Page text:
A new study by researchers at the United Arab Emirates University (UAEU) published in PLOS ONE this week, finds an association between multiple sclerosis (MS) and a common virus, Epstein Barr virus (EBV). The study is the largest of its kind to directly screen for the presence of EBV in brain tissues using highly sensitive detection techniques.
MS is a debilitating neurological disease that mainly affects young adults, often leading to disability. Approximately 2.5 million people around the world live with MS and there is no cure. “In spite of extensive research over the decades, the cause of MS remains unknown” said Professor Gulfaraz Khan, senior author of the study and Chair of the Department of Microbiology and Immunology, at the College of Medicine and Health Sciences, UAEU. “A number of risk factors have been implicated to be involved, including EBV. However, the link between EBV and MS remains highly controversial,” added Dr Khan, who has been working on EBV and associated diseases for over 25 years. The UAEU group teamed up with researchers at the Rocky Mountain Multiple Sclerosis Center, University of Colorado, in an attempt to investigate the potential link between EBV and MS. The team examined over a thousand brain samples from MS and non-MS cases. The study reported the presence of the virus in most cases of MS. “Although our findings show that the virus is present in the brain tissues of most cases of MS, it does not mean that the virus is causing the disease” cautioned Dr Khan.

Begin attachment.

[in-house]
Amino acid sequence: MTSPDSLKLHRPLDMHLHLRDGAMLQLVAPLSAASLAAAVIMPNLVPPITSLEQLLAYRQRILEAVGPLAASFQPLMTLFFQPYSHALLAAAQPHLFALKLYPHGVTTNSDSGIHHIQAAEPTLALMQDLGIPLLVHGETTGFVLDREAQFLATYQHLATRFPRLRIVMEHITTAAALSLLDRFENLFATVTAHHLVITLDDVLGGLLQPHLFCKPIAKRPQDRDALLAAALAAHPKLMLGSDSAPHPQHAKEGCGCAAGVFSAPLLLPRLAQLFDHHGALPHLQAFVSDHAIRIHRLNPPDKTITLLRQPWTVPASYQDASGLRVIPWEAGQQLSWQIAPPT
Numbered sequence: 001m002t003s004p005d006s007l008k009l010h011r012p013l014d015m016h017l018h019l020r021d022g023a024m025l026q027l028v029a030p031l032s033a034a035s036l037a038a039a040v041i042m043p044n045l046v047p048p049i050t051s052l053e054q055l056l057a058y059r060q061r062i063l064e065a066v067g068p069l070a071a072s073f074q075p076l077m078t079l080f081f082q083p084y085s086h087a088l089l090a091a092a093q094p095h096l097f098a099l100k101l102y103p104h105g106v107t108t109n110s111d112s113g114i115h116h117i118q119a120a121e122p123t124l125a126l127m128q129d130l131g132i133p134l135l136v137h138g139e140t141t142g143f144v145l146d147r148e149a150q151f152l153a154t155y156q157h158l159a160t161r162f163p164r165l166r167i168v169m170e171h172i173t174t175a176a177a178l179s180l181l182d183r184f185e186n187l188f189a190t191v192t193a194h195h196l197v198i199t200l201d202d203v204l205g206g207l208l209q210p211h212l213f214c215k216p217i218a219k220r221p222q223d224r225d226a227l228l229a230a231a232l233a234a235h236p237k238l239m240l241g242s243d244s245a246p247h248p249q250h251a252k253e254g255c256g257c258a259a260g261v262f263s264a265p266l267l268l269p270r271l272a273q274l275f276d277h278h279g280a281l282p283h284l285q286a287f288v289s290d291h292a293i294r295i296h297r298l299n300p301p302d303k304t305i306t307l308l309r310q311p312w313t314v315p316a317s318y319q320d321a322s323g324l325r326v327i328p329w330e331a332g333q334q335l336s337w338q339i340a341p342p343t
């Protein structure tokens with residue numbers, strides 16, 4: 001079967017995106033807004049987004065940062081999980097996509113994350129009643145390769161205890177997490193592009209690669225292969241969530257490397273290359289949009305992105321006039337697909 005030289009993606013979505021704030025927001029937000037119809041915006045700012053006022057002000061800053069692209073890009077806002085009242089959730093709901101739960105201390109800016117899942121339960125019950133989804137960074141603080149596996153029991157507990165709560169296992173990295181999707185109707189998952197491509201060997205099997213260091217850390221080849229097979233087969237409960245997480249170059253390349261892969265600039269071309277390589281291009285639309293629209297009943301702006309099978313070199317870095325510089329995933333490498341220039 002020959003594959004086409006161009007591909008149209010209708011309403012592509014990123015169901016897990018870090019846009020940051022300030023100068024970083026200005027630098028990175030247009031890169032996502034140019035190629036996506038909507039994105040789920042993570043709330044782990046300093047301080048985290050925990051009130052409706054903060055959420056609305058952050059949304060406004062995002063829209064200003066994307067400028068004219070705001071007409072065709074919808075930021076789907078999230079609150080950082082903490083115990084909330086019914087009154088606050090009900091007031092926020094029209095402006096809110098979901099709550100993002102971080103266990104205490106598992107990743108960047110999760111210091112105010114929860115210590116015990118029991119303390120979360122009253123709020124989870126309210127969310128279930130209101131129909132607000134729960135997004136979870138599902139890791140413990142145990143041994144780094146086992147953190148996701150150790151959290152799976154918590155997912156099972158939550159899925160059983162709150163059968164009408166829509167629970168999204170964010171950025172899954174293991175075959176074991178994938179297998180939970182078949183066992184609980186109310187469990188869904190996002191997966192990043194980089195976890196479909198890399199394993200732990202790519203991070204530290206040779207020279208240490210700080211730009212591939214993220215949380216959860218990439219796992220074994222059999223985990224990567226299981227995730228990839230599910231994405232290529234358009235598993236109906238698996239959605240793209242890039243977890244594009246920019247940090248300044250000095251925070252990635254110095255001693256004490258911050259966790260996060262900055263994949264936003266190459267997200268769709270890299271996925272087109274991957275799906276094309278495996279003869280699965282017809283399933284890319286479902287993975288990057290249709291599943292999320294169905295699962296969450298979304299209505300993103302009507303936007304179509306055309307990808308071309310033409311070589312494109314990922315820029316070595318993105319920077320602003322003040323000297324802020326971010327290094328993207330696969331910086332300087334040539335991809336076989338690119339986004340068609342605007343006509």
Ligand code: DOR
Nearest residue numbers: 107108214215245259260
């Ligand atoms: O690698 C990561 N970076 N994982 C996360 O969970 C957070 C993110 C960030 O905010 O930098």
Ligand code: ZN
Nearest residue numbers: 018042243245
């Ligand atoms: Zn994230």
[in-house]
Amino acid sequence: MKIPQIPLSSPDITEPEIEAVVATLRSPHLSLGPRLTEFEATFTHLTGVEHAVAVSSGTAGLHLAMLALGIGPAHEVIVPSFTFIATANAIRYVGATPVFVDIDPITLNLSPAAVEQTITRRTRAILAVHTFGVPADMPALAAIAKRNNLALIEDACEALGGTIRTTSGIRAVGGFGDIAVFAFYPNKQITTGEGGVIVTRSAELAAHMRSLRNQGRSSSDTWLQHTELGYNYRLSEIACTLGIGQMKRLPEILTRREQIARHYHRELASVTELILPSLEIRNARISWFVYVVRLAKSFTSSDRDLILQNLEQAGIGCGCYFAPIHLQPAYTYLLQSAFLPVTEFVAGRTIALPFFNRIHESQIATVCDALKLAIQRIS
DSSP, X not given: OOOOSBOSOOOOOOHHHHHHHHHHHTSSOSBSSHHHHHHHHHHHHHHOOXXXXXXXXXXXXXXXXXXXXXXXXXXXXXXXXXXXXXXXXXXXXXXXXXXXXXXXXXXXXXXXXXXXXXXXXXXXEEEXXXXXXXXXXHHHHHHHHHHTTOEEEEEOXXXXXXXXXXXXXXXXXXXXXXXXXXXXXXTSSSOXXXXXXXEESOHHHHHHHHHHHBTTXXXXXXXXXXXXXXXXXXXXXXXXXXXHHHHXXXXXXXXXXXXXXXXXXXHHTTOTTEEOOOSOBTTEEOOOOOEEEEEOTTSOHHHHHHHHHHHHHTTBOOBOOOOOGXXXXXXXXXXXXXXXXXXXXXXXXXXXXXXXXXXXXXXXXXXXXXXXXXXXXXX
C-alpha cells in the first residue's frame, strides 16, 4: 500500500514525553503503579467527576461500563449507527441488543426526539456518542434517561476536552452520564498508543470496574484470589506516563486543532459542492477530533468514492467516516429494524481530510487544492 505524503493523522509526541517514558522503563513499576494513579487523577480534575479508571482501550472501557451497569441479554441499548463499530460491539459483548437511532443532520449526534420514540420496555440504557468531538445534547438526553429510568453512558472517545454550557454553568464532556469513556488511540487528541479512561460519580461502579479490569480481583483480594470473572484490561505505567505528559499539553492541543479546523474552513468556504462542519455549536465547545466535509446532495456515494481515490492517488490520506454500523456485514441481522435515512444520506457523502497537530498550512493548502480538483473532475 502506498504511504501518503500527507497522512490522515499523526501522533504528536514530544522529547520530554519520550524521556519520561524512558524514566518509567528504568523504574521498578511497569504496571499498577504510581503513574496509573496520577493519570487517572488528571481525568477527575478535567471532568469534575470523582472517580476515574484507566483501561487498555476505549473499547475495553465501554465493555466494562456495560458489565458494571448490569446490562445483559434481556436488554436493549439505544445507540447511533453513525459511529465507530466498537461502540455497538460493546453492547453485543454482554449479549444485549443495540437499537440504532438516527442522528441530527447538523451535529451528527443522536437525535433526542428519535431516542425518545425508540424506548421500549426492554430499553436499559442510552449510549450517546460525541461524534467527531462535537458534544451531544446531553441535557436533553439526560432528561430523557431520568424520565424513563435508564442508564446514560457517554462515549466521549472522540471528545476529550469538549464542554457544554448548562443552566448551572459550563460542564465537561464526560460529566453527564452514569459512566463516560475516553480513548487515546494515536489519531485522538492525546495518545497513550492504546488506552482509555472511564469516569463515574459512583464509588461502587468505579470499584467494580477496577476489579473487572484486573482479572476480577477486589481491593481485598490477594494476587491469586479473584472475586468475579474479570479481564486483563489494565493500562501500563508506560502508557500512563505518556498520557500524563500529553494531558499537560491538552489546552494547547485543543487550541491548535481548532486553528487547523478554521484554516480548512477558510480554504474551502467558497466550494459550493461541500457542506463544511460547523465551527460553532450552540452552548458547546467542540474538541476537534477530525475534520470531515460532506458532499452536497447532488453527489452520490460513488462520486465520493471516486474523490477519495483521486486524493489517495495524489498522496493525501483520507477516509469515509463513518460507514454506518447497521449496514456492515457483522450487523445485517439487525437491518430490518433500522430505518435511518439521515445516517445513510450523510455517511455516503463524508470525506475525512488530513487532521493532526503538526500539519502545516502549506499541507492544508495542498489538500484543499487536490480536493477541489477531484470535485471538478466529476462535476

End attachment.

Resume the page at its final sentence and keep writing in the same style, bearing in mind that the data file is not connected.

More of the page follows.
EBV is a very common virus infecting over 90% of the people worldwide. In most individuals, the virus infects and hides away in a type of white blood cells called B-lymphocytes, without causing any disease. “We are very excited by our findings” remarked Asma Hassani, a PhD student in the Department of Microbiology and Immunology, and the first author of the study. The brain is unique in that, unlike some parts of the body, it is normally sterile and free from microorganisms. “The mere presence of the virus in the brain of most MS cases is significant and we are currently working to further understand the precise relationship between the virus and MS” Hassani added. “Our findings raised more questions than answers” remarked Hassani. “For example, how does the virus enter the brain? What is the impact of the virus on the brain? Will eliminating the virus prevent MS?” explains Hassani. Determining the cause or trigger of MS has obvious implications for any further treatment and prevention strategies.
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